I have a function that I want to operate on two different custom objects. My first thought was to accept the argument as an (id) and operate on the id object. I can't quite seem to figure out how to do that, however.
Both classes (say apples and oranges) have interface variables:
return [count decimalNumberByAdding:addObject.count];
return [count decimalNumberByAdding:addFruit.count];
While you can send a message to any object (id) - property accessors require that the compiler be aware of the type you are dealing with - this is because property accessors are syntactic sugar around calling specific getter and setter methods.
You have a few of ways of working around this:
Instead of accessing the count property, call the corresponding [getCount] methods.
If the different classes have different versions of this method, you can use a runtime type check:
Provide a base class for both types so that you can pass in something more specific than (id).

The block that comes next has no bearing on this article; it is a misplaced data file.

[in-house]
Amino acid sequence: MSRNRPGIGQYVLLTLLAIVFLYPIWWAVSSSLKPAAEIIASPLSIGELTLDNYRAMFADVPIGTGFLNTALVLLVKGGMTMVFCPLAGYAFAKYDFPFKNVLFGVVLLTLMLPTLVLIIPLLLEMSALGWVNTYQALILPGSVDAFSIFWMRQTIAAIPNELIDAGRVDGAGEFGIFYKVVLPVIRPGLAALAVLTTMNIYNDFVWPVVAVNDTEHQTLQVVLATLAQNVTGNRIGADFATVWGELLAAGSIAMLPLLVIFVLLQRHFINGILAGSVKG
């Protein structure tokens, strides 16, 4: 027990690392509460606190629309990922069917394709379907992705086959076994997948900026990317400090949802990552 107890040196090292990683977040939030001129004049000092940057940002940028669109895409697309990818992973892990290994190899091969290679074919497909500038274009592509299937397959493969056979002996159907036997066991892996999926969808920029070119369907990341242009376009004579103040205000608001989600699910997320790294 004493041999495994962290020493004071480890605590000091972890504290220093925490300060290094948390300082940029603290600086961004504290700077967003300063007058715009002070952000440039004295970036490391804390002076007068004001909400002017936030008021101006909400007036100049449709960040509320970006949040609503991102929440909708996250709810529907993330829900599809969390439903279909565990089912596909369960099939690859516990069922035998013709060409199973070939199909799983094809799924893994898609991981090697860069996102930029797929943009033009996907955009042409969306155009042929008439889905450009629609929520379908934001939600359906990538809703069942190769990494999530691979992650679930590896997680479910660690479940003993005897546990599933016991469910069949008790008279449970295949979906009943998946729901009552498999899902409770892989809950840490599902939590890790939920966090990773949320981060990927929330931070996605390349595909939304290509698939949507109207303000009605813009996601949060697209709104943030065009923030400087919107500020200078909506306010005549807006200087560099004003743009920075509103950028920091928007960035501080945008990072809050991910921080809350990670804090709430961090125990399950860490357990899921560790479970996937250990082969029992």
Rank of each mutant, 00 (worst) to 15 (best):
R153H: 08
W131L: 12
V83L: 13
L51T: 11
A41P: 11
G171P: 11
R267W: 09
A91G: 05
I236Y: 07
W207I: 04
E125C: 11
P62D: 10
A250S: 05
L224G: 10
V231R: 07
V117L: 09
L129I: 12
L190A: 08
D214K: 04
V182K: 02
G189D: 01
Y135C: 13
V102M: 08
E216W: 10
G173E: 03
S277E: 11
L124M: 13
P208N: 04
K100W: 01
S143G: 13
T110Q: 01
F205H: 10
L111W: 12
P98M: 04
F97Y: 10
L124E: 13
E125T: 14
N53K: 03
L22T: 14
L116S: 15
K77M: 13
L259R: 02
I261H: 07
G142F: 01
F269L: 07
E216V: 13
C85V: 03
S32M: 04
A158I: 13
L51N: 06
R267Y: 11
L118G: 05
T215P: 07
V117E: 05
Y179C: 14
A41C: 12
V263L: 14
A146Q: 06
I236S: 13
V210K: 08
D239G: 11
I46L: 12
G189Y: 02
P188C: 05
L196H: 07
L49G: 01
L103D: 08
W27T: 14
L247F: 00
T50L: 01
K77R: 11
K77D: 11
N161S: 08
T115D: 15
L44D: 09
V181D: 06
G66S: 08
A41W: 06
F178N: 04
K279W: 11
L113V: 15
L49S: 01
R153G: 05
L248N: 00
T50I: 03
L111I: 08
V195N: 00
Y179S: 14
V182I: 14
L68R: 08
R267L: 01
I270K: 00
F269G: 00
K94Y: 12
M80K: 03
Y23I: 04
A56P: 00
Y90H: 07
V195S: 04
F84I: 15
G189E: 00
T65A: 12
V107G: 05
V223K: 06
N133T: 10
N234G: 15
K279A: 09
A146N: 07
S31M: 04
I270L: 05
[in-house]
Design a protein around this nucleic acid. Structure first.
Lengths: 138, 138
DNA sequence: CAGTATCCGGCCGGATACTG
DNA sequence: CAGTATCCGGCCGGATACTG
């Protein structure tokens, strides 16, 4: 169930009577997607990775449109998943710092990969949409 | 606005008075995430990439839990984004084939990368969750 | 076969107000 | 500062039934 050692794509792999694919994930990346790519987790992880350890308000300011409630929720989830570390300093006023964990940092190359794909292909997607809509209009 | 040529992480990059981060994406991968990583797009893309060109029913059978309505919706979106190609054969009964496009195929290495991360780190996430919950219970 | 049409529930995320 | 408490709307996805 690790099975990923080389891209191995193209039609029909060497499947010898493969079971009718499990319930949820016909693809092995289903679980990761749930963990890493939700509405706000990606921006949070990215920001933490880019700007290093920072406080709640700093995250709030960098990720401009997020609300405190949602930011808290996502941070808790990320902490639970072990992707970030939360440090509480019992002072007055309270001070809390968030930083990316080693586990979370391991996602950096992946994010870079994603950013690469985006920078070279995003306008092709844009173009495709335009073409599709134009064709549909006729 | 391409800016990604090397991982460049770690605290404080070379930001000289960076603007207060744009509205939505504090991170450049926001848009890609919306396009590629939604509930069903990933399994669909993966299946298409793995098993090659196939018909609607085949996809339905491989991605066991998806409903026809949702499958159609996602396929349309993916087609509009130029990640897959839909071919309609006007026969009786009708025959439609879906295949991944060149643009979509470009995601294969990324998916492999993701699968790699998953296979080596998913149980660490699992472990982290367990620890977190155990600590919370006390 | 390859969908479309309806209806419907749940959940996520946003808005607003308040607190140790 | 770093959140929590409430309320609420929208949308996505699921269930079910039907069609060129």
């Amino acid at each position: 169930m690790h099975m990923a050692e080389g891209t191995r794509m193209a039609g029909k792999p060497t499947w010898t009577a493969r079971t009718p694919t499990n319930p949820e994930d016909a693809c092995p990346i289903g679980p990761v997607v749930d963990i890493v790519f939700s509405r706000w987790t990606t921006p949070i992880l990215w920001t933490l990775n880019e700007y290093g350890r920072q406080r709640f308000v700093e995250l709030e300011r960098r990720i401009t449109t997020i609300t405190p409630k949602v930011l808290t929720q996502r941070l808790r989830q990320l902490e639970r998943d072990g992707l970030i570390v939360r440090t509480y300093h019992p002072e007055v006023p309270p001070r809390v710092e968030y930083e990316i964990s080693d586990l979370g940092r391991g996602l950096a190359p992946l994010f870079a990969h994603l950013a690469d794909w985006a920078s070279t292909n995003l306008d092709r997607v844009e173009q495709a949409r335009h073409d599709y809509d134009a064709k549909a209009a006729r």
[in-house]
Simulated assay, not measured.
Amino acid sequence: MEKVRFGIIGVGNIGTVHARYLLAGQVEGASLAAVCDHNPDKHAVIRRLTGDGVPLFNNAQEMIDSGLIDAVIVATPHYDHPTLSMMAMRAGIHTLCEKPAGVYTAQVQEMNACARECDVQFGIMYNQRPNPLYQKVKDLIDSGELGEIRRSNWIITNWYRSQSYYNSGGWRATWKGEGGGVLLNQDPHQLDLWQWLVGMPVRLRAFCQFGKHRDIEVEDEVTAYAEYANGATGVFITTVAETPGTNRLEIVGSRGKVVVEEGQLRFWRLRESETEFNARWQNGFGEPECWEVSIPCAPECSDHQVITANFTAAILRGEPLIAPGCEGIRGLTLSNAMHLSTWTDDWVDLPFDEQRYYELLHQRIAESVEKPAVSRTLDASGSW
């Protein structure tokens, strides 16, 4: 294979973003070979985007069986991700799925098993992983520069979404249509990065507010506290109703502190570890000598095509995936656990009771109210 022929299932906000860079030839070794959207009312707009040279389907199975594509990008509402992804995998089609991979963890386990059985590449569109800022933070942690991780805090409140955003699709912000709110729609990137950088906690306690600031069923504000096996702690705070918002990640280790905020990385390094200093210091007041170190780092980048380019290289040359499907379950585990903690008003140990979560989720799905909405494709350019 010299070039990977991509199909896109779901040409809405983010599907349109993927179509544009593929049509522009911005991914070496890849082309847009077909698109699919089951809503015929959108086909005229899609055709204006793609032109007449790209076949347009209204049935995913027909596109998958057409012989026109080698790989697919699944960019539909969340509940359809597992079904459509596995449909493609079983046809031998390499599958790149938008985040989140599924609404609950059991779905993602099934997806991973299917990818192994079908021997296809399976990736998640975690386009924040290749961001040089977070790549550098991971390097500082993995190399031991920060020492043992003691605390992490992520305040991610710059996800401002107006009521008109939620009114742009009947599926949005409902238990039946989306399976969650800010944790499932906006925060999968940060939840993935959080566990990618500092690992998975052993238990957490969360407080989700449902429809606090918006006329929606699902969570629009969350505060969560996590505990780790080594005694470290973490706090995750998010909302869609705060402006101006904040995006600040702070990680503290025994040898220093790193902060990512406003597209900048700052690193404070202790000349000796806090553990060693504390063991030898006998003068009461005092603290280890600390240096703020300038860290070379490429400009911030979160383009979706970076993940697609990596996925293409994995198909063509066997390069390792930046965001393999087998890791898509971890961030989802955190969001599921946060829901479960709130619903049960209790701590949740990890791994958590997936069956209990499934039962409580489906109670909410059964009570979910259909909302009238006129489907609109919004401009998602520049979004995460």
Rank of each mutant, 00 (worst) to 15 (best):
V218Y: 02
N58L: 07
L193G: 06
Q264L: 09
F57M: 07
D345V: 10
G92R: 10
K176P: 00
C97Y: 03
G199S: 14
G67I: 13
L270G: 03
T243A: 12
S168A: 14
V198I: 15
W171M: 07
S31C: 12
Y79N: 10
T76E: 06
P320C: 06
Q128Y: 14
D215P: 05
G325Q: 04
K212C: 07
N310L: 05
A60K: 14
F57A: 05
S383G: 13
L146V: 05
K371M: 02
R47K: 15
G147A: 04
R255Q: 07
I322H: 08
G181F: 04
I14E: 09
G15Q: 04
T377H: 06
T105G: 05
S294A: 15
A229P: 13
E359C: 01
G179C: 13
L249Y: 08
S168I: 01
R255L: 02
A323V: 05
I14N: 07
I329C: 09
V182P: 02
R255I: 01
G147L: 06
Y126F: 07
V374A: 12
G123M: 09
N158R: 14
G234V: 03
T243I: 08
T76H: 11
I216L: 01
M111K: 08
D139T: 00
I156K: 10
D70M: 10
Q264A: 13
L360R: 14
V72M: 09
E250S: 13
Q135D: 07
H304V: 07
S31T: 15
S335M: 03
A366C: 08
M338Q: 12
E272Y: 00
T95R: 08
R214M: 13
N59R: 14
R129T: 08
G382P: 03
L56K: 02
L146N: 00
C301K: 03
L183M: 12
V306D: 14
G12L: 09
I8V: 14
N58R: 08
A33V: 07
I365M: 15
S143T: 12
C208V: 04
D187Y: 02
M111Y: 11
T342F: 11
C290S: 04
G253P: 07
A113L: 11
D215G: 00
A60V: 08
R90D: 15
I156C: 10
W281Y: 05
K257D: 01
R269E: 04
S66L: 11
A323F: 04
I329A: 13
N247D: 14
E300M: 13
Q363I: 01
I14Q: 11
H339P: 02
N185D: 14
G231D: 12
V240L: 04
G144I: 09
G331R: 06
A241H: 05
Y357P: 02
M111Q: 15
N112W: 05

Example of a dynamic type check:
if( [object isKindOfClass:[Apple Class] ) // call one overload of getCount else if( [object isKindOfClass:[Orange Class] ) // call another overload of getCount
Personally, I favor strong typing in my code because it makes it easier to understand the intent. It also allows the IDE to support your coding effort with intellisense, static analysis, and refactoring features. So, in your case, I would use either #3 or #4 as an approach - depending on whether inheritance is really appropriate for the problem.